Thread: Router design thoughts
My concern with the fixed gantry option was how to protect the x-axis rails from the coolant, but having actually thought about it, it's probably easier.
I just need to make sure they're spaced up of the drain tray, and have a lip hung down around the table so that any run-off can't run along and under the table.
Now would you have the rails or the blocks stationary?
I can think of pros and cons to both methods, but don't think it would make any noticeable difference anyway given the sizes involved.
I've been thinking about it some more, and just skecthed both options.
+) Shorter rails. With fixed rails, ideally you need the bearings mounted at the extremes to avoid the working area overhanging the bearings, so you ideally need the rails extending the axis travel past the end of the work area. With fixed bearings, the bearings can be positioned closer together, as the supported area will always remain below the spindle, off course depending on how the table is loaded, it could lead to it bowing.
+) Lighter table. 4 bearing blocks are far lighter than two rails.
I'm still undecided between fixed v. moving gantry.
I can see the pros and cons of both, but I'm currently swaying towards moving as it means a relatively constant moving weight (moving table means I'd have to tune for it potentially having a lot of weight mounted on it) and it gives me a bit extra flexibility for table loading (could work with longer length materials with less precutting required). Available space isn't a major concern
Same goes for the gantry, bolting it to a dead weight reduces the rattle.
Power to move a heavy table/workpiece ceases to be a problem the moment you start using ball screws. You get an enormous push.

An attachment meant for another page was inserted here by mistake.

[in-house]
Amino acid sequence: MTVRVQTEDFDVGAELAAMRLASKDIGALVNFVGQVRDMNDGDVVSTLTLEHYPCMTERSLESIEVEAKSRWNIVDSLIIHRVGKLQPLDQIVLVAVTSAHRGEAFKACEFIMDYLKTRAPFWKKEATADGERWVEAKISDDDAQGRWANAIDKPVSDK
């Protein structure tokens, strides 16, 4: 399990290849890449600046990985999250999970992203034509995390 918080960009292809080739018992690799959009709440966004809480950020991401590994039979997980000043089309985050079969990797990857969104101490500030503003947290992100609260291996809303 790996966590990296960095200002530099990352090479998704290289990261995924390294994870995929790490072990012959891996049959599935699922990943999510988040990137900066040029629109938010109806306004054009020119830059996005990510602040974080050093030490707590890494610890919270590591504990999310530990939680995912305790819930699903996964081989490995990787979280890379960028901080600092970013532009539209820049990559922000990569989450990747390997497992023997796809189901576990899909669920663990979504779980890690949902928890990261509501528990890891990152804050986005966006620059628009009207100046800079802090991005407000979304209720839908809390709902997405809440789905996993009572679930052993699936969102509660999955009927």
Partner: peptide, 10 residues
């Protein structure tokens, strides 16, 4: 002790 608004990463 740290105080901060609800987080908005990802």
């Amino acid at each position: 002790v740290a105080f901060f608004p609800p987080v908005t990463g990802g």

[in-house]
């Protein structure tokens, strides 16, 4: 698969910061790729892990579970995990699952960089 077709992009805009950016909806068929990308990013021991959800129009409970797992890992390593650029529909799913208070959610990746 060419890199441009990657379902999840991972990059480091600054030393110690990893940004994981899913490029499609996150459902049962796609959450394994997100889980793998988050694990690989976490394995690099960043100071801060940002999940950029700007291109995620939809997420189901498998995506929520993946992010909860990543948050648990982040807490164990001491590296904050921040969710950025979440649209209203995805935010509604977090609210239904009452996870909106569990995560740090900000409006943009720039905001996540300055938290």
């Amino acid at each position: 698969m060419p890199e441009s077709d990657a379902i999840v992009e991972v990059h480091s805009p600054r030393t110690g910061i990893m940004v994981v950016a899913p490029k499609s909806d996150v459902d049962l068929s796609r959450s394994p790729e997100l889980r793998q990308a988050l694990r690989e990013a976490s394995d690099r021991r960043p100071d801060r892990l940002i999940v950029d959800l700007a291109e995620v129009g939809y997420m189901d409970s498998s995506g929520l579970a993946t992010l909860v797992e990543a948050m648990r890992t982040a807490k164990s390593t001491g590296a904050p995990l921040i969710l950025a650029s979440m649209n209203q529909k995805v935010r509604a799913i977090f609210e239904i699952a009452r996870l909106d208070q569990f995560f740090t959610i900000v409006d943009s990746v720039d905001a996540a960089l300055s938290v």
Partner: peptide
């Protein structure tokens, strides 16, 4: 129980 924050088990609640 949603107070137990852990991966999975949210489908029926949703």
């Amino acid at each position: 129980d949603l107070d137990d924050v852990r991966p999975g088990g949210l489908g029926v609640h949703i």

Has anyone used constrained layers to help dampen vibration and resonance in a machine? I'm thinking for the gantry you could use the normal 16mm slabs of alu but also affix an additional 6mm sheet with green-glue. The thinner the layer of green-glue the more friction it generates so the more effective at damping.
Greenglue is interesting stuff but have you seen the cost involved?!? You have to buy it by the case for a start.
About £100 for a batch. Not too bad compared with the cost of metal for building a machine. My gantry has about £250 of metal in it, not including ballscrews and bits.
It's supposed to take 1-2 tubes per drywall sheet so if you're doing up a room then it works out by the case. How much are you planning to use on the machine?
I've not heard of it being used on metal. That's quite an interesting question to ask.
I'm not saying it's a bad idea, I'd just find it hard to justify that outlay for (in effect) a single tube of greenglue. Unless you plan to sell off the other tubes or you have other soundproofing projects lined up, of course. If you're selling off the single tubes you could probably find a few buyers without too much hassle. I'd have a tube off you!
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